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Formal Methods for the Informal World
Organizers: Francien Dechesne, Virginia Dignum, Frank Dignum, Bruce Edmonds, Liz Sonenberg
Short description of the workshop:
In the field of computer science, the term ‘Formal Methods’ is used to indicate the application of mathematical structures, languages and techniques for specification and verification of computer systems: formal systems. Stimulated by the increasing availability of computational power, the use of formal models is spreading quickly also for ‘informal systems’, e.g. those involving human interaction. The aim of this workshop is to explore and reflect with computer scientists, mathematicians, philosophers and social scientists, in which ways formal methods can be useful outside of the formal world, and to contribute to the methodology of applying formal methods in the social sciences.
As usual in interdisciplinary settings, discussions arose around central concepts, such as “formal” and “model”. These discussions brought general insight into common misunderstandings, for example about the purpose of building models: this varies greatly over and within disciplines, but is seldom made explicit.
There was active debate on validation of formal models. Although we did not formally survey the participants, it was evident from the informal interactions over coffee and in the corridors, that many participants left the workshop with new perspectives – sometimes these were in the form of awareness of subfields they had not previously been exposed to, and sometime these took the form of novel angles on familiar concepts.
Because the discussions threads remained very vivid up to the end of the workshop, we decided to continue the discussion online. We installed a blog for this purpose (http://in-formal.tudelft.nl) to which all workshop participants were invited to contribute. We expect that these continued exchanges will result in a small number of related articles and responses, out of which a special issue of a journal may grow.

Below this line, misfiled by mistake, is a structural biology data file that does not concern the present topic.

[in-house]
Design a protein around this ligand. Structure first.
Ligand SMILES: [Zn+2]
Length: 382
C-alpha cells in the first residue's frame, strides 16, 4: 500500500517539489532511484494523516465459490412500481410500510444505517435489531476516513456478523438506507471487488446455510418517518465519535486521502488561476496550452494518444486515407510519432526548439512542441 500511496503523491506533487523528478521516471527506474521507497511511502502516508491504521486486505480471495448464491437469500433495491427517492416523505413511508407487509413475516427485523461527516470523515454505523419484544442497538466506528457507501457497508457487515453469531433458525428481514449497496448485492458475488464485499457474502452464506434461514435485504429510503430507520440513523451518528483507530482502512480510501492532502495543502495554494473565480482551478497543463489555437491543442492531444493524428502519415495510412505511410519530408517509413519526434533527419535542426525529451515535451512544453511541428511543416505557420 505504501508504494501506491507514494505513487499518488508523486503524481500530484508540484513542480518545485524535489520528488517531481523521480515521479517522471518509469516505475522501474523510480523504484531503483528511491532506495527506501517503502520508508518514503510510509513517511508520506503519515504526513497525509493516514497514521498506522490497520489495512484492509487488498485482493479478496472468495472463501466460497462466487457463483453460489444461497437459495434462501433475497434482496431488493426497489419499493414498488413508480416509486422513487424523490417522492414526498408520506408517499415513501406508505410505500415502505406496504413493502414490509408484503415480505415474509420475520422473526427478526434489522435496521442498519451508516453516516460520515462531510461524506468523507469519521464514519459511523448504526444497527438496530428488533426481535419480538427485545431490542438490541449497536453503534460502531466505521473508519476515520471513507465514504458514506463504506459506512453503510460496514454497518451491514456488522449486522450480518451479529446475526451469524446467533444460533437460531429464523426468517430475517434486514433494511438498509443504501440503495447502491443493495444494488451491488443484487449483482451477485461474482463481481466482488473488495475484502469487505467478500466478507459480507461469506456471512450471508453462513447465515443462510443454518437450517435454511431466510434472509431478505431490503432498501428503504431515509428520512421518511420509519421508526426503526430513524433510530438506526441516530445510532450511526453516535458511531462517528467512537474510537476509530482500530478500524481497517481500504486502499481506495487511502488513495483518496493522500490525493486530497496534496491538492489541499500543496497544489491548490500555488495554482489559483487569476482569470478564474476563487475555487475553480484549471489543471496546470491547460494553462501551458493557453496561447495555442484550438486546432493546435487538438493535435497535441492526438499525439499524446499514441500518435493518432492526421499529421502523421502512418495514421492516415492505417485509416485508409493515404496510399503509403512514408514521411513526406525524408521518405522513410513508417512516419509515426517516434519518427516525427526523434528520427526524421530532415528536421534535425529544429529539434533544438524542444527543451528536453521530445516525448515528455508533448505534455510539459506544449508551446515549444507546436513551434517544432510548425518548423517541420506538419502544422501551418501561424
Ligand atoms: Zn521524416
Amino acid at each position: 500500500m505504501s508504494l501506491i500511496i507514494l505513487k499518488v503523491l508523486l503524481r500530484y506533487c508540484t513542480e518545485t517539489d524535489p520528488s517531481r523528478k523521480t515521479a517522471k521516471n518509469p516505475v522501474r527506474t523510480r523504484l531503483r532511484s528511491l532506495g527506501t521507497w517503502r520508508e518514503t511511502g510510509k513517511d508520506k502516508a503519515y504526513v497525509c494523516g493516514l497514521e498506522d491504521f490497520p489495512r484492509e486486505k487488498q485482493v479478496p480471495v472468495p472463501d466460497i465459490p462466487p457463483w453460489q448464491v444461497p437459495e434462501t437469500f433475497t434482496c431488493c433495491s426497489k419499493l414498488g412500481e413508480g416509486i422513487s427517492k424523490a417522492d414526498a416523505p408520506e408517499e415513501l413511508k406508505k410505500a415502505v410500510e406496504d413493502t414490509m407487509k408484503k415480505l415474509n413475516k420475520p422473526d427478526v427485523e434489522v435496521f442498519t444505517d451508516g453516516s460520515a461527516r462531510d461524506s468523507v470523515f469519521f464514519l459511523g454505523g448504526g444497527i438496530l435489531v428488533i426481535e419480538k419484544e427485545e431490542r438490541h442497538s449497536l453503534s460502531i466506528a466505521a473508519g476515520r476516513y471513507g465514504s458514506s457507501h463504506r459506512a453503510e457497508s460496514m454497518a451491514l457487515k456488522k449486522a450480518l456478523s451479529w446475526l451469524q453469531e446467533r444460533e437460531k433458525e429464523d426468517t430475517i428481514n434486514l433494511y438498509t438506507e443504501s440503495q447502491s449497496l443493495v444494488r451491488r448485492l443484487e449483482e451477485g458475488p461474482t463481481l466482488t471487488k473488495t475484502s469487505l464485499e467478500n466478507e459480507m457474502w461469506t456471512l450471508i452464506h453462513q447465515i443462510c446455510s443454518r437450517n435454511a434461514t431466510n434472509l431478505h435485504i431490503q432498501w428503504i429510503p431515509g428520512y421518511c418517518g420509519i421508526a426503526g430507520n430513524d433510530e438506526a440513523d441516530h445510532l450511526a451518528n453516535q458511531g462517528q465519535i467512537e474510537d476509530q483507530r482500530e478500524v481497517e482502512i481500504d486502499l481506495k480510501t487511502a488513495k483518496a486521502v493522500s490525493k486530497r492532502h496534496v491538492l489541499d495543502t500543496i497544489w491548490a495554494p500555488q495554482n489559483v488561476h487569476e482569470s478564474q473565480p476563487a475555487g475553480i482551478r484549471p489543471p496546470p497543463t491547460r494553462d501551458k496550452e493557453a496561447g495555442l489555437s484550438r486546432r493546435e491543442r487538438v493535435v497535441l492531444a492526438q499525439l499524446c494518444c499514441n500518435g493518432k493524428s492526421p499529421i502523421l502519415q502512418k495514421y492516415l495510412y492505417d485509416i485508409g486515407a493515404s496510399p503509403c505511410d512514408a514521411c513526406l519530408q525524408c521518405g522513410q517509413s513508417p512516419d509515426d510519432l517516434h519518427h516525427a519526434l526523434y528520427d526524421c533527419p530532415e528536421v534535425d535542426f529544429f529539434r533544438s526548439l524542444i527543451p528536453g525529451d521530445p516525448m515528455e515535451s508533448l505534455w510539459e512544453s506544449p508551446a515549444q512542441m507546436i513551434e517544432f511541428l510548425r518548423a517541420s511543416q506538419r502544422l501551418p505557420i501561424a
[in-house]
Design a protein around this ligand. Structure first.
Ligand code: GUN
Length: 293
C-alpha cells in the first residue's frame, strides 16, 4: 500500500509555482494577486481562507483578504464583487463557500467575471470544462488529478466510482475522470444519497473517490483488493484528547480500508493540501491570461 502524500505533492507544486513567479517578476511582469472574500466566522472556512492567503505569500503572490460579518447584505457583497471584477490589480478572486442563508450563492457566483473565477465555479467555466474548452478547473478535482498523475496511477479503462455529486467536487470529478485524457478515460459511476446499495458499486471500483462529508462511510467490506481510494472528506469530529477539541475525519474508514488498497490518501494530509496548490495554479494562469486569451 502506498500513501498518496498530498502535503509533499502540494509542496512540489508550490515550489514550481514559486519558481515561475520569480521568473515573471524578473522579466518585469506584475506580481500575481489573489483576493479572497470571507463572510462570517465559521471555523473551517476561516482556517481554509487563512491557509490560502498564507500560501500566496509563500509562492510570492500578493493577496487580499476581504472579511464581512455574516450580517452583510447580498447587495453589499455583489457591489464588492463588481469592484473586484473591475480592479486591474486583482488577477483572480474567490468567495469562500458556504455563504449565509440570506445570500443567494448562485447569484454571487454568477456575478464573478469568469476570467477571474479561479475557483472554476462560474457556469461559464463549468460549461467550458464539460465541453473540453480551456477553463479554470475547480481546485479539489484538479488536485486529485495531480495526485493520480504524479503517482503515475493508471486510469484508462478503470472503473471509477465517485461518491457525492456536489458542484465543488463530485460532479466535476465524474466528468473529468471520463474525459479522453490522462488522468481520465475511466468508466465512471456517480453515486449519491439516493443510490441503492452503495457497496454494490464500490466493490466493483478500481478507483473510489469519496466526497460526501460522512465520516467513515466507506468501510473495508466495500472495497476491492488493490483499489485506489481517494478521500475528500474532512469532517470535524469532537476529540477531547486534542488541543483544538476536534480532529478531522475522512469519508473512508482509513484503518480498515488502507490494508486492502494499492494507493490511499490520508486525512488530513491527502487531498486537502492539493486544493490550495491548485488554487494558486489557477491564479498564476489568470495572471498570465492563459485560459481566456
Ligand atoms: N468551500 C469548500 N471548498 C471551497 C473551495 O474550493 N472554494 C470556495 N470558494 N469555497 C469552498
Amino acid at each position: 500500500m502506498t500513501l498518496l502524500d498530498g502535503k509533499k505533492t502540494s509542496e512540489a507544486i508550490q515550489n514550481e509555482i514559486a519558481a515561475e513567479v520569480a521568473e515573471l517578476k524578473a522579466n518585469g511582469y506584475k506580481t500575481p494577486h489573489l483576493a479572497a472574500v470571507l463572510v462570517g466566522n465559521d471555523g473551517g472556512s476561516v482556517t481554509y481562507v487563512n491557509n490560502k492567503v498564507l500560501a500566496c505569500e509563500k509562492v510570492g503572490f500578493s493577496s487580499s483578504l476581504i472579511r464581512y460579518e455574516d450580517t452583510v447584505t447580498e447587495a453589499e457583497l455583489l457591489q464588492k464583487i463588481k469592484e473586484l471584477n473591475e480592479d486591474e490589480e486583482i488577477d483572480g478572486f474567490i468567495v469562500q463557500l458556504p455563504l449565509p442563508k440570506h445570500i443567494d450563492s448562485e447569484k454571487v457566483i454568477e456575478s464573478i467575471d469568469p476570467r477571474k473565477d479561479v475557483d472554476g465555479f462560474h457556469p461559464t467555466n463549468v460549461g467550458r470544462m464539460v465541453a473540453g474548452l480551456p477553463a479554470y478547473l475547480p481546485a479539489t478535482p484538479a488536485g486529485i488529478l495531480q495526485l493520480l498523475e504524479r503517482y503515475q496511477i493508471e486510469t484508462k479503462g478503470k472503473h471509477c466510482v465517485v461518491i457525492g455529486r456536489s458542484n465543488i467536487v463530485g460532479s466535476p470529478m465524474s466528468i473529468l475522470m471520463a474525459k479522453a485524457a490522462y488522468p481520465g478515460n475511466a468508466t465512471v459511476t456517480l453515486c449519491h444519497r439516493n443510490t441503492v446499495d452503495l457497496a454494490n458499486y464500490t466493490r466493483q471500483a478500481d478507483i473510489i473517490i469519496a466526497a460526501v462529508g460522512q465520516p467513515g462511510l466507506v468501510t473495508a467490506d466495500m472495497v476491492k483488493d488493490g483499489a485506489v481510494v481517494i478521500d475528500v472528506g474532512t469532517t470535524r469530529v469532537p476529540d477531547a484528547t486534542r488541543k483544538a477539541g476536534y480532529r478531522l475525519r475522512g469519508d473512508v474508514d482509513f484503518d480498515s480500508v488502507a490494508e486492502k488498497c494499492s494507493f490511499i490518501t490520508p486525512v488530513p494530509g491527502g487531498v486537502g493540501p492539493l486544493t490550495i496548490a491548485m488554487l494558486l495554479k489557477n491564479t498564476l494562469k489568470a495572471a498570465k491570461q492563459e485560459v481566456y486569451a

The backgrounds of the participants were nicely mixed over the spectrum from formal to informal. There was constant interaction within the one-week community that we formed, perhaps surprisingly given the number of plenary talks that were on the more theoretical or formal side of the spectrum. Our program choice to set the stage on Monday with a keynote from psychology, worked well in this respect, and we should give credit to all speakers for striking the right balance for the interdisciplinary audience. Also, the fact that many participants actively came forward with their personal experiences and questions both in the discussion sessions and during the talks, created coherence throughout the program and the group.
As a breath of fresh air, we profited from the sudden (and short-lived) Spring weather for a “cyclic reasoning” discussion, including sea views, for which the interested participants rented bikes from the Lorentz Center. Also we invited a harpist/singer and trombone player for the wine and cheese party, to provide an unexpected intermezzo in the long first day of talking (with the motto: “Music, after silence, comes closest to expressing the inexpressible” – Aldous Huxley). They played two short sets with an eclectic music choice (Bach to Beck), much to the appreciation of the participants.
The facilities of the Lorentz contributed markedly to the success of the workshop. Providing access to offices for individual ‘quiet time’ complemented by the shared common room space is excellent. The lunch arrangements worked very well – encouraging further mixing of the group – and the food quality was good.